In what amounts to a case of digital “stop and frisk,” the NYPD is attempting to subpoena the entire digital history of a Staten Island high-school student. According to the New York Post, the 17-year-old was only informed by Google that authorities requested access to his “contacts, e-mails, history and other digital documentation” when they were given a redacted copy of the subpoena. The request also lacked any legal reasoning for obtaining what now amounts to a total picture of one’s personal history, or at the very least, a teenager’s complete personal history.
Lawyers representing the student told the Post that the NYPD’s actions are “very unusual” and “don’t appear to be legal”—words that sound quite familiar when used in reference to the department’s real life “stop and frisk” tactics.
Google, for its part, has been a willing participant in the creation of such all-encompassing digital profiles. It is, essentially, their business model. Yet, the company has successfully rebuked such requests by the government in the past and often ask for data requests to be limited to a particular service or app. The company’s Transparency Report Help Centre politely asks that requests for data be sent via Google directly and not through any “back door” direct access by governments.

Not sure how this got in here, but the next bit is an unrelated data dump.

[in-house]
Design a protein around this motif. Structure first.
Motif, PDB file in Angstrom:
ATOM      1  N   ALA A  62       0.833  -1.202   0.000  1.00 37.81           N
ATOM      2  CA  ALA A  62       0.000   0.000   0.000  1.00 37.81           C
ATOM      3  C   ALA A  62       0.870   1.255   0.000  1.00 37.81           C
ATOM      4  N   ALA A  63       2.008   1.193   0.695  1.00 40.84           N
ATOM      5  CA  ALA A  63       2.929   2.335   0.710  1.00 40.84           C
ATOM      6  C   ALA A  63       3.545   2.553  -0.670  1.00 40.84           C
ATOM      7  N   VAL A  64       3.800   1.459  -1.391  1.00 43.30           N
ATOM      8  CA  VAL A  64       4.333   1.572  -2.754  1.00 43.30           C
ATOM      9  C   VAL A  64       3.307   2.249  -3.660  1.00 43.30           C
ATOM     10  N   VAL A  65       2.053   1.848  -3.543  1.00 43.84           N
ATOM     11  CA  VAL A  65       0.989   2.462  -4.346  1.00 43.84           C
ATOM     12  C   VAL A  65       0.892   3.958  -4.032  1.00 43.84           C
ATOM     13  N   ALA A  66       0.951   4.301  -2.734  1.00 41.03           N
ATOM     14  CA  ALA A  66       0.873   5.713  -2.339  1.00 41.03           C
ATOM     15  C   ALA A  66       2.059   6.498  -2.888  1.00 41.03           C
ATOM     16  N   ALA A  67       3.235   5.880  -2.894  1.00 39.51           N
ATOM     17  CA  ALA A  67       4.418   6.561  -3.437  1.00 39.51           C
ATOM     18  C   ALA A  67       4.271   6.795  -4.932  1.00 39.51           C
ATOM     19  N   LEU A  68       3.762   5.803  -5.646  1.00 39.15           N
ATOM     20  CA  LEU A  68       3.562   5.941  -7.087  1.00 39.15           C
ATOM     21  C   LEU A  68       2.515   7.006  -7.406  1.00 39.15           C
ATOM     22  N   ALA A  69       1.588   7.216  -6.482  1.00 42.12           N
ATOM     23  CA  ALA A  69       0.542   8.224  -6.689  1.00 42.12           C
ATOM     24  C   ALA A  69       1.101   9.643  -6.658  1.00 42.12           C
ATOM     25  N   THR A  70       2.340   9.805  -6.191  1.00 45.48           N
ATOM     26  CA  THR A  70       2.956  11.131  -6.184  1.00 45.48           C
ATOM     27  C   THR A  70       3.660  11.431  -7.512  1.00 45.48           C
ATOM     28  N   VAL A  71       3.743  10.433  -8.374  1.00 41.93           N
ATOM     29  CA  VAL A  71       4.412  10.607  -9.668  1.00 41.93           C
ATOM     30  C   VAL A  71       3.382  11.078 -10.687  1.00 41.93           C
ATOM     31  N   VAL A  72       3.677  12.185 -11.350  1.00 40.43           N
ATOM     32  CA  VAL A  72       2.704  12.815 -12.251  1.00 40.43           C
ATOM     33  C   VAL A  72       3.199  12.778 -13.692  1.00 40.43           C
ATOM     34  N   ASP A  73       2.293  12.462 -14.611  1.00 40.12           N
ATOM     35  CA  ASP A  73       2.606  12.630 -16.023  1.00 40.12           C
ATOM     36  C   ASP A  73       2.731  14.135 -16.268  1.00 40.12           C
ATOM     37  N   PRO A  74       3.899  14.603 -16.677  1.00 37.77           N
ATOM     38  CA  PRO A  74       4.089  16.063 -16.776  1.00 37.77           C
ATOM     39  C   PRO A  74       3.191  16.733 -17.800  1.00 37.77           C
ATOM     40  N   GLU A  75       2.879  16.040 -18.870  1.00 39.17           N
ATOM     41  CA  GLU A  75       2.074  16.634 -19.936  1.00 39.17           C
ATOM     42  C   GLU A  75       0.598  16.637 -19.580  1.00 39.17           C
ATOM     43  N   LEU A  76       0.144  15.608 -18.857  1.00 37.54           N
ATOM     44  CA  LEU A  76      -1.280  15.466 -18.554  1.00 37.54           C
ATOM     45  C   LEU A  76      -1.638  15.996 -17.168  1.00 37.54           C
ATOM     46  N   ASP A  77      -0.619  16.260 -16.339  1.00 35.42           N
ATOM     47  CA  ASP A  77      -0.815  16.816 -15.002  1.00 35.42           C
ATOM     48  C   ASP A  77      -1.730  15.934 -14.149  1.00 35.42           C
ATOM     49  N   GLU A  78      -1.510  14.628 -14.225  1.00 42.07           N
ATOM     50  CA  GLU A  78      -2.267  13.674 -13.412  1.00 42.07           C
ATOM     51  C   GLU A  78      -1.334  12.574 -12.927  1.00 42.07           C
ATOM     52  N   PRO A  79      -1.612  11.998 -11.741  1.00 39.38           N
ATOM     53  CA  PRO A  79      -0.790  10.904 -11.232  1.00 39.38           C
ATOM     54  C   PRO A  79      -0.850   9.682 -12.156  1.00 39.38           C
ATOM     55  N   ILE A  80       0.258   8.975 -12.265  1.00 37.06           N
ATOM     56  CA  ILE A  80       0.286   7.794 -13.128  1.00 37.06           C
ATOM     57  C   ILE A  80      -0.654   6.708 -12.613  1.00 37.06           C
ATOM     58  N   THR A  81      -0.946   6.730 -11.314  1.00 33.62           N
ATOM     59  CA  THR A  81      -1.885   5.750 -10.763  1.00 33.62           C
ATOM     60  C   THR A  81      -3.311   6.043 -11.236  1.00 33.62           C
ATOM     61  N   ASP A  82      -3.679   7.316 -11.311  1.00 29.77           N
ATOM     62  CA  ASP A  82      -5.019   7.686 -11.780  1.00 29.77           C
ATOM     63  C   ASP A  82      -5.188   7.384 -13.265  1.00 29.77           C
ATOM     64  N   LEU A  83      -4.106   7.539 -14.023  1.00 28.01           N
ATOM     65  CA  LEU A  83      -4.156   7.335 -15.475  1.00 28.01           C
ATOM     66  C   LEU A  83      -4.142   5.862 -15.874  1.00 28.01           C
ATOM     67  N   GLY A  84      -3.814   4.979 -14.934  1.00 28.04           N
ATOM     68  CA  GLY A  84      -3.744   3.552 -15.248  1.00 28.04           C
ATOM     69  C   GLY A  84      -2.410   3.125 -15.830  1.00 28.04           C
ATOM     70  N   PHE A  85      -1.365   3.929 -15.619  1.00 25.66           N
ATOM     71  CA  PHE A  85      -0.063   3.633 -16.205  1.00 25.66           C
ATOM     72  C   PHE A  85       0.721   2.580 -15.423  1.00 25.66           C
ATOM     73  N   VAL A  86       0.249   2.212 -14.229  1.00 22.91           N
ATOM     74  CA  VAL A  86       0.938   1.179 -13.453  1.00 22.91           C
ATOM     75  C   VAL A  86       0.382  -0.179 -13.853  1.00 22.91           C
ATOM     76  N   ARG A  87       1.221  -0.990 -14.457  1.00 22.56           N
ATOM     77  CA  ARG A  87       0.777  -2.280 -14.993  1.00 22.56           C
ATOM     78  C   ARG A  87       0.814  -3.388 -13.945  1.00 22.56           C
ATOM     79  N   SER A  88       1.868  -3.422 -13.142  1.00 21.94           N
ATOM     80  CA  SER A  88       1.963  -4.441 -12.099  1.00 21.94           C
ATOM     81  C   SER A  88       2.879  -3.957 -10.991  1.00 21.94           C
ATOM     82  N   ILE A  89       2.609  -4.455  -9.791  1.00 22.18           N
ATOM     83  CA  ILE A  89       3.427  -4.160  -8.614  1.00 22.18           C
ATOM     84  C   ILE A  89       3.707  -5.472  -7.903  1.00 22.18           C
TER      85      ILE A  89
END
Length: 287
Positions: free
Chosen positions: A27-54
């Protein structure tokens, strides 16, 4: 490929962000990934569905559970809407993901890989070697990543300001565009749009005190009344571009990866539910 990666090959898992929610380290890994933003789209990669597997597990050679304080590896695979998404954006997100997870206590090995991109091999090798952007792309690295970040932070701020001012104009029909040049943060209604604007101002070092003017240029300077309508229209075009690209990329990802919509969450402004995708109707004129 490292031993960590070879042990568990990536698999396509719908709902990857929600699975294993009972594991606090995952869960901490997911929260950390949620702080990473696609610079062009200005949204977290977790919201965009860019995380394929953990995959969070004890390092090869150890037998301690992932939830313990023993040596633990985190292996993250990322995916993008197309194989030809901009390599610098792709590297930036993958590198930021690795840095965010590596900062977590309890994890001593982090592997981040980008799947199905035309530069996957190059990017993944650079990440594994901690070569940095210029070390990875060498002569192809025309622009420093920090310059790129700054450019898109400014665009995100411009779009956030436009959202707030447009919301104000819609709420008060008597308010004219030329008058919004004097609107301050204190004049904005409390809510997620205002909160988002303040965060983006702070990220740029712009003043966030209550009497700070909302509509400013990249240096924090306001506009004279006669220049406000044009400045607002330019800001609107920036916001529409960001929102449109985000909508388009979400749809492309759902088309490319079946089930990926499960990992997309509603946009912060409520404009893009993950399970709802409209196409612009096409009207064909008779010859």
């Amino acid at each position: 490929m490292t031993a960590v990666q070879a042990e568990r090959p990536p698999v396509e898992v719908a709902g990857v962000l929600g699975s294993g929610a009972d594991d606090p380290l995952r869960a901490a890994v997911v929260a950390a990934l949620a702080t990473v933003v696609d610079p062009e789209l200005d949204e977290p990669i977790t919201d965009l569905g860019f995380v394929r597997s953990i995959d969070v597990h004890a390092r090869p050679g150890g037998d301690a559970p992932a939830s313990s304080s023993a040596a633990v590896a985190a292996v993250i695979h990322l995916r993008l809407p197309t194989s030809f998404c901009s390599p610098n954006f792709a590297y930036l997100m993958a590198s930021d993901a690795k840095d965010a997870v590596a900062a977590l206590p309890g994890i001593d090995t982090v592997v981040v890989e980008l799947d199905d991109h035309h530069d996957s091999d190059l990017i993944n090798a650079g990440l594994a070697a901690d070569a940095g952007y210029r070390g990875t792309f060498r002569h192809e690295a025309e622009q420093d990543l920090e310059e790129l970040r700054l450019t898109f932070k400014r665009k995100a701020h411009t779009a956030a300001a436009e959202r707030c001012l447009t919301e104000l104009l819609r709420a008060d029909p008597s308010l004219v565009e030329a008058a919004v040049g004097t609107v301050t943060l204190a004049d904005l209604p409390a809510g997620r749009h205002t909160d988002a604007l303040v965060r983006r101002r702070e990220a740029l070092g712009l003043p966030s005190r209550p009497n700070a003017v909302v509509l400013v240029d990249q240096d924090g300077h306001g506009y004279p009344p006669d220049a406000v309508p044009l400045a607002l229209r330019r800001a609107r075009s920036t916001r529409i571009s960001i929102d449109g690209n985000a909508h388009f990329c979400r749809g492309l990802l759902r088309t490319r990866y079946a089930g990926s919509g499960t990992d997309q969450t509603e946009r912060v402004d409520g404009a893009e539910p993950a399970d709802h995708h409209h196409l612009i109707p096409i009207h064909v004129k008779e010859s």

The internet giant also states that they’ll only respond to clearly directed requests and won’t entertain any phishing expeditions: “Generally speaking, for us to produce any data, the request must be made in writing, signed by an authorized official of the requesting agency and issued under an appropriate law. If we believe a request is overly broad, we’ll seek to narrow it.”
The NYPD has given Google until Friday, Jan 12 to hand over the records.